School where boy with autism was restrained, later died has been investigated by state multiple times

The El Dorado Hills private school where a boy with autism died after being held face-down by staff for nearly two hours has been investigated before by the state for its use of physical restraints, according to court documents and state records.

Guiding Hands School is currently the subject of three ongoing investigations by the state Department of Education, according to documents filed by the agency with Sacramento Superior Court on Jan. 11.

Weeks before the fatal incident that preceded the death of 13-year-old Max Benson, who allegedly lost consciousness after being held in a face-down position by staff, the CDE was notified by the parent of another student about alleged misuse of physical restraints on her son. In that instance, the CDE investigated and notified the student’s home school district, Elk Grove Unified, that it failed to “ensure emergency interventions were only used to control unpredictable, spontaneous behaviors.” The investigation found physical interventions were used on the boy, whose name was redacted from released records, 61 times in a nearly two-month period.

In January 2018, another CDE investigation of Guiding Hands found the school failed to provide mandated counseling time to a student, and employed a teacher who was not credentialed to teach special education during the 2016-2017 school year. The school’s certification was put on “conditional” status, according to a CDE report mailed to Guiding Hands on Nov. 15.

The ongoing investigations were revealed in a brief written by state lawyers as they fought to keep in place a revocation of Guiding Hands certification issued Jan. 11, a move intended by the state to remove all public school students from the facility. Guiding Hands requested — and received — a temporary restraining order from Sacramento Superior Court Judge Richard K. Sueyoshi allowing it to continue taking public school students for two weeks while the CDE completes its investigation into Max’s death.

“These violations are not limited to one student, one incident, or one staff member,” CDE lawyers said in court documents arguing to keep the decertification in place.

CDE lawyers said the El Dorado County district attorney had also provided the agency with additional information and evidence that gave the CDE “great concern for the welfare of the public school students with disabilities who are currently placed at Guiding Hands School,” according to court documents obtained by The Sacramento Bee.

The El Dorado County District Attorney’s Office did not return a call for comment.

The CDE suspended Guiding Hands’ certification on Dec. 5, about a week after Max was held by staff in the restraint for an hour and forty-five minutes, according to court documents. An ambulance was called after staff discovered the boy was unresponsive and he died a day later at UC Davis Medical Center. The El Dorado County Coroner has not released an autopsy report, and an investigation by the El Dorado County Sheriff’s Office remains ongoing, according to court documents.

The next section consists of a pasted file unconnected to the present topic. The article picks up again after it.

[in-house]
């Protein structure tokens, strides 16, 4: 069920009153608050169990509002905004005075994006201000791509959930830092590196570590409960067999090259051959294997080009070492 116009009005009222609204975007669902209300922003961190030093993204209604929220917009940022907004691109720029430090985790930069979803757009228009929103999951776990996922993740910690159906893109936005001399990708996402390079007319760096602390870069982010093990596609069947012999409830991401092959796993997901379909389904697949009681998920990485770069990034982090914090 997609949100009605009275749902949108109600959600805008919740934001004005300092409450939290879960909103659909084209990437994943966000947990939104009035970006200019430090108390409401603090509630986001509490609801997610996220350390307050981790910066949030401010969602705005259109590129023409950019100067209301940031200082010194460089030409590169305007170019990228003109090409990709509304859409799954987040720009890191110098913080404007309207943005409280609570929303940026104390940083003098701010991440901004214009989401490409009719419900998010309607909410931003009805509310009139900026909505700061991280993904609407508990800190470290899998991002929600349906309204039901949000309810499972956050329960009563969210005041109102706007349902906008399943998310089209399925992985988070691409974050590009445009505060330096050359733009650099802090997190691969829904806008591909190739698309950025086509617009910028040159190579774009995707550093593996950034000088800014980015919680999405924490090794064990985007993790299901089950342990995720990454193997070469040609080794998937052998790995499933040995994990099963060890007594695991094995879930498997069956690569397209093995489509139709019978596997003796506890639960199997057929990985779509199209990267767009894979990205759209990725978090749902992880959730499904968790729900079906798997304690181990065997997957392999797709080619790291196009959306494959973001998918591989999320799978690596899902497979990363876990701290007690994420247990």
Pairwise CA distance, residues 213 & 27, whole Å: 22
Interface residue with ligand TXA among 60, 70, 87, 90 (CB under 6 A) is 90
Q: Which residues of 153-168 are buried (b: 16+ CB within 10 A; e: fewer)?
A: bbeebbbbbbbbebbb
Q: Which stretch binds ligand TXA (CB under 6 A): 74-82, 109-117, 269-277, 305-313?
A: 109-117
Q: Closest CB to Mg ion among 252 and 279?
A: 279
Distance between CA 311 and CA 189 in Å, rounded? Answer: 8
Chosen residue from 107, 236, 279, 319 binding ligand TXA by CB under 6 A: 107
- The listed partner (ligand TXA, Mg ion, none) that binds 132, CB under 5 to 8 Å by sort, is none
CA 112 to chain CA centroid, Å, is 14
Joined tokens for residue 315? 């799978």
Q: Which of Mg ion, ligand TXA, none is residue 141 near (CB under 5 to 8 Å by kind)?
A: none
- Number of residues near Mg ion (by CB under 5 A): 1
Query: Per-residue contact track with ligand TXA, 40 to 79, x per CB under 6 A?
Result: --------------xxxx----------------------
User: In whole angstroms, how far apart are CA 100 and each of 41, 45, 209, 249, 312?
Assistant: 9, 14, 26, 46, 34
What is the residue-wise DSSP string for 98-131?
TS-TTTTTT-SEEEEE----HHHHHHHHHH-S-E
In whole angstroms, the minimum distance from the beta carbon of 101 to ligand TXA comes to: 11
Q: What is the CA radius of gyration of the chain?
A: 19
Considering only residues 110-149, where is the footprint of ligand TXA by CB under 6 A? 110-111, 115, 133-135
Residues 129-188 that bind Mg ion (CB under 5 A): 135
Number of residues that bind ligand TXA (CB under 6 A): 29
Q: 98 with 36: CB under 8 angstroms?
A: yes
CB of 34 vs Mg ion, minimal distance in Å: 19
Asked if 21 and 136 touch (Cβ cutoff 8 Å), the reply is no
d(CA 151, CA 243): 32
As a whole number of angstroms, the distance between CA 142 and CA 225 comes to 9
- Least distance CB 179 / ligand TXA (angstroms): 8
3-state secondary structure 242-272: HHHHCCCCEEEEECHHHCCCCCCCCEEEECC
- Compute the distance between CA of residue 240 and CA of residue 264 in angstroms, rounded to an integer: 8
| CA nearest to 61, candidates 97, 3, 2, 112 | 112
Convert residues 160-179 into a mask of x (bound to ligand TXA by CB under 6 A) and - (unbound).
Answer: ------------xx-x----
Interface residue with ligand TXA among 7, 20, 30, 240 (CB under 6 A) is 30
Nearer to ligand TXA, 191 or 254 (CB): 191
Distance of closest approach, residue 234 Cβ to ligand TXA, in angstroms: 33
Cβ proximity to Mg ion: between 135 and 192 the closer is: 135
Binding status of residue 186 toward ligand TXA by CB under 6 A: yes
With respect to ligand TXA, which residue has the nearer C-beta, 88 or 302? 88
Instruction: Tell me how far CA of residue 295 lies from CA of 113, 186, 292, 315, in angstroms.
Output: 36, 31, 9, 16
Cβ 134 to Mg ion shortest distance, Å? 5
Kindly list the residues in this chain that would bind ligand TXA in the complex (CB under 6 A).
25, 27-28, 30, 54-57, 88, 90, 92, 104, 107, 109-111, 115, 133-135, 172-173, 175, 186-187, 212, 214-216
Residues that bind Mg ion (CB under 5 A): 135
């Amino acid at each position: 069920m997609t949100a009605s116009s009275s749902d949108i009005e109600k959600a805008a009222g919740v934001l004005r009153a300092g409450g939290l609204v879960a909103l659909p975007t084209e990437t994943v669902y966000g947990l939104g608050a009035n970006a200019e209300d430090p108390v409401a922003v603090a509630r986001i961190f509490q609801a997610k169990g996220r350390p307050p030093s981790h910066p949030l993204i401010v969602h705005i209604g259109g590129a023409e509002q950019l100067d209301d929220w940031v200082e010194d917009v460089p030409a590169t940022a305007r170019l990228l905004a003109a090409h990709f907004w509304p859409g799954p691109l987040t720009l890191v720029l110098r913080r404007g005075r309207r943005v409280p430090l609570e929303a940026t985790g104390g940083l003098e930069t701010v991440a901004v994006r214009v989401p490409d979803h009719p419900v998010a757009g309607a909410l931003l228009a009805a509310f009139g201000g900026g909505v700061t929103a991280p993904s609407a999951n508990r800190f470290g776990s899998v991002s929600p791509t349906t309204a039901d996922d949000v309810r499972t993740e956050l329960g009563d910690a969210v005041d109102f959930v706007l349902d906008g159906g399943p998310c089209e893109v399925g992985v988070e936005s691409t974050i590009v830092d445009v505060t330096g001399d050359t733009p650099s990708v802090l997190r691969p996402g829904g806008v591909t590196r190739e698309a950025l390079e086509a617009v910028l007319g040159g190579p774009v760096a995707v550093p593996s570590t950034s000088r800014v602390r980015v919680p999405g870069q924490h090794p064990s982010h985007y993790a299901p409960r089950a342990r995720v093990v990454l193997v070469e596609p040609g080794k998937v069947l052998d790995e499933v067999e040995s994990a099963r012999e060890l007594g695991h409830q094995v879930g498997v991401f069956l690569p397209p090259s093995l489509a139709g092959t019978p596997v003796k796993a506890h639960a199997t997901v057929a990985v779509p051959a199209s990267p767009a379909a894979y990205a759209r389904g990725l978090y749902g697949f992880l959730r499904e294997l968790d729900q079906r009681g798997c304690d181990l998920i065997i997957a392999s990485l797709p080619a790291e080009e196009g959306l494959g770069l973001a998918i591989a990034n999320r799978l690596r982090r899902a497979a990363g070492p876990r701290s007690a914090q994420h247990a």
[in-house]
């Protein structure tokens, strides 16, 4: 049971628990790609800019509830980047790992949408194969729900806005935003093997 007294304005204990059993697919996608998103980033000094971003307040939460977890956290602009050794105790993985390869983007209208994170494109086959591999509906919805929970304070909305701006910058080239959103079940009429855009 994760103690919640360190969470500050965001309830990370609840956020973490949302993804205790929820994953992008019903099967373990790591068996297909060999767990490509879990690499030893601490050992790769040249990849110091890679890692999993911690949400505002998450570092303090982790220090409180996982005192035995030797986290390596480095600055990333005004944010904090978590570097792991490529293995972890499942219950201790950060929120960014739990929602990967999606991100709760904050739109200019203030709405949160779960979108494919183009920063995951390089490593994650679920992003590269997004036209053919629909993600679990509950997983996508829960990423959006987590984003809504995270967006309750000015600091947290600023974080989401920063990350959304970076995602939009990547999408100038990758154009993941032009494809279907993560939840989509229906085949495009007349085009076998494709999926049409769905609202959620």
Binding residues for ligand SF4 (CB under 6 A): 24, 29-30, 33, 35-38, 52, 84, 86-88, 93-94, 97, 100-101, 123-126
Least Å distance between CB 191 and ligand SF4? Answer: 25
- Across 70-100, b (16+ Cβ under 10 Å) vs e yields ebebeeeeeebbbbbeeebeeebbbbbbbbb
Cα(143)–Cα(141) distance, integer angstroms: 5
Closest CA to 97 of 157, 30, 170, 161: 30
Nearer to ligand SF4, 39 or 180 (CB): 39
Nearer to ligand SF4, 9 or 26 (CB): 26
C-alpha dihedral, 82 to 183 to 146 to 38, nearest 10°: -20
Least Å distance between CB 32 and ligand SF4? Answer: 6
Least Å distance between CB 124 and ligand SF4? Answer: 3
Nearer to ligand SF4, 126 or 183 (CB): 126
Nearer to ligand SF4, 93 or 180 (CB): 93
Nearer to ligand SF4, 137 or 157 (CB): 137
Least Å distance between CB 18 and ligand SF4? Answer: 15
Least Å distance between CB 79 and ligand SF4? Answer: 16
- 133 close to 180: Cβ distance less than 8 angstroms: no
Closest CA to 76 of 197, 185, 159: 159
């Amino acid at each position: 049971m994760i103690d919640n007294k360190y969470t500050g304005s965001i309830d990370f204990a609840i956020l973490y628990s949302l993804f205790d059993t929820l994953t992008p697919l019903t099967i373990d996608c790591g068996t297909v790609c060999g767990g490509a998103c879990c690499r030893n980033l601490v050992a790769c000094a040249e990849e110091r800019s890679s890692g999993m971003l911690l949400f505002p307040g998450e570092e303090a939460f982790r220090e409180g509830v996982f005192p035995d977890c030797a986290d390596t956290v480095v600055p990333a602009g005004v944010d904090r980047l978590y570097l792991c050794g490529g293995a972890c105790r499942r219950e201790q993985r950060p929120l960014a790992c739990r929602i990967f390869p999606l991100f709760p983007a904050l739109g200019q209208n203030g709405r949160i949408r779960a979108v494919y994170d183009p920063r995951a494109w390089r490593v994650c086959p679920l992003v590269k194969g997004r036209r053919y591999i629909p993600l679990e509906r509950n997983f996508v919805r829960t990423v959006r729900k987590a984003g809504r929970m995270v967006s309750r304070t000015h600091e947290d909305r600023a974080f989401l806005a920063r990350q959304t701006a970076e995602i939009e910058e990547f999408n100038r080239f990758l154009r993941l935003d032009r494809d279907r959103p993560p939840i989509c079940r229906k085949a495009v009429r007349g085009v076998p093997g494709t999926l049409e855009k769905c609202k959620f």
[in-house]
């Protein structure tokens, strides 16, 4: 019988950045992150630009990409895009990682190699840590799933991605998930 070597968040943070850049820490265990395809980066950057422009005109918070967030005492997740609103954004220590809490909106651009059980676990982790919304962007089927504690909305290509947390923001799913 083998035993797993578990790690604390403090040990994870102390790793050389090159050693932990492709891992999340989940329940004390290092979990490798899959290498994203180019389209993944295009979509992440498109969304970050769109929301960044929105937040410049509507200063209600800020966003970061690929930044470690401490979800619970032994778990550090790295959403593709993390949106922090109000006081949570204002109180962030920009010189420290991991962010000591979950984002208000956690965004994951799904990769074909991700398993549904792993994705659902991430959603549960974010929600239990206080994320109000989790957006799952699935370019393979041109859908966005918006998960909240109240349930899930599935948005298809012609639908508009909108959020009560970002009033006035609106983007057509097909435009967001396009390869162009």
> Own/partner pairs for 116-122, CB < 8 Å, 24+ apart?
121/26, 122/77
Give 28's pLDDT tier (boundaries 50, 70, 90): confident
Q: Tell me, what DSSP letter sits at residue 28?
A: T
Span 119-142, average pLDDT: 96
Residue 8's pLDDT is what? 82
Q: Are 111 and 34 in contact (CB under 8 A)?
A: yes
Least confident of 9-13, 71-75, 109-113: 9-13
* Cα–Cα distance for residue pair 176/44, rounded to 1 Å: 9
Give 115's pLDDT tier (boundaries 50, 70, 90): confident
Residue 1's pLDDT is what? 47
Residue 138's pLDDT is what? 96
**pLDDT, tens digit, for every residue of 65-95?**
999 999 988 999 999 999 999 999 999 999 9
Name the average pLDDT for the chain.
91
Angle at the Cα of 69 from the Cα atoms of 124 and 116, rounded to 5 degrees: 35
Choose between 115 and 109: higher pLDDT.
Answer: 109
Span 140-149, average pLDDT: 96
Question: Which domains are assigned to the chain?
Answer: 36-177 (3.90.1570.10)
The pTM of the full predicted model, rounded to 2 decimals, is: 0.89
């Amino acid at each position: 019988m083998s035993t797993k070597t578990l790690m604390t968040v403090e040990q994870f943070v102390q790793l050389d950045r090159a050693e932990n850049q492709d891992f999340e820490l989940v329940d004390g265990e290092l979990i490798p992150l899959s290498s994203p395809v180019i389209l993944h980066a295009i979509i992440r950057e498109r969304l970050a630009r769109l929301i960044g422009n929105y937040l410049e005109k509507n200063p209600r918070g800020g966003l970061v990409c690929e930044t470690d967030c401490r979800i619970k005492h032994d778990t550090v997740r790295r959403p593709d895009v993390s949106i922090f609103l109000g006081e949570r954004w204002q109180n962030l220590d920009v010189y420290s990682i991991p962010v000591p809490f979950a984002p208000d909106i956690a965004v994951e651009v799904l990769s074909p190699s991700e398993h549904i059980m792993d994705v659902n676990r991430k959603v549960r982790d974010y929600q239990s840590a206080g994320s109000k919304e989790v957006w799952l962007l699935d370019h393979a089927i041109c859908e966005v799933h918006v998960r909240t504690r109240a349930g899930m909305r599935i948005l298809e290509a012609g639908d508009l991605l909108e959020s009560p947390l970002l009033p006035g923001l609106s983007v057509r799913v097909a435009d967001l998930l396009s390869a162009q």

Seth Goldstein, lawyer for Max Benson’s family, called the length of Max’s restraint “unfathomable.”

“Any delay in preventing the school to continue its practice places those children still in their care at risk,” said Goldstein.

The CDE said in its December suspension letter, obtained by The Bee through a Public Records Act request, that the use of the hold violated multiple state regulations. The suspension prohibited Guiding Hands from accepting new students but allowed it to continue to serve existing students. The January revocation of its certification meant that local school districts could no longer send public school students to the facility.

Guiding Hands administrator Cindy Keller said in court papers that the revocation could force the school to close “seemingly overnight,” and that it provided an essential service to students.

The school’s lawyer argued that disrupting the public education of students can cause “irreparable harm to students and parents,” and the 70 school employees will financially suffer if they abruptly lose their jobs.

Nine declarations of support for the school were filed from the principal, administrator, parents, bus drivers and teachers, according to court documents. Some parents said they had no other viable options for their children, some of them who were over 18 years old age. Teachers and drivers said they would no longer receive benefits, and will not be able to pay their mortgages.

Guiding Hands contracts with multiple local districts to provide services for special needs children, including those with autism. Keller said in court filings that the facility has 117 public school students, and would be forced to lay off its staff and perhaps declare bankruptcy if the state’s decertification was not delayed. Guiding Hands has only two students not placed by a public school district, according to court documents.

The school receives about $33,000 to $39,000 annually for each of its public school students that are placed by districts at the facility, according to the numbers provided by three school districts.

Elk Grove Unified School District sent more than 50 students to the school and paid it a total of $1.8 million in the 2017-2018 school year. In the same school year, Sacramento City Unified School District paid more than $1 million to Guiding Hands for more than 20 students, and Black Oak Mine Unified School District paid $140,000 for four students.

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Sawsan Morrar covers school accountability and culture for The Sacramento Bee. She grew up in Sacramento and is an alumna of UC Berkeley Graduate School of Journalism. She previously freelanced for various publications including The Washington Post, Vice, KQED and Capital Public Radio.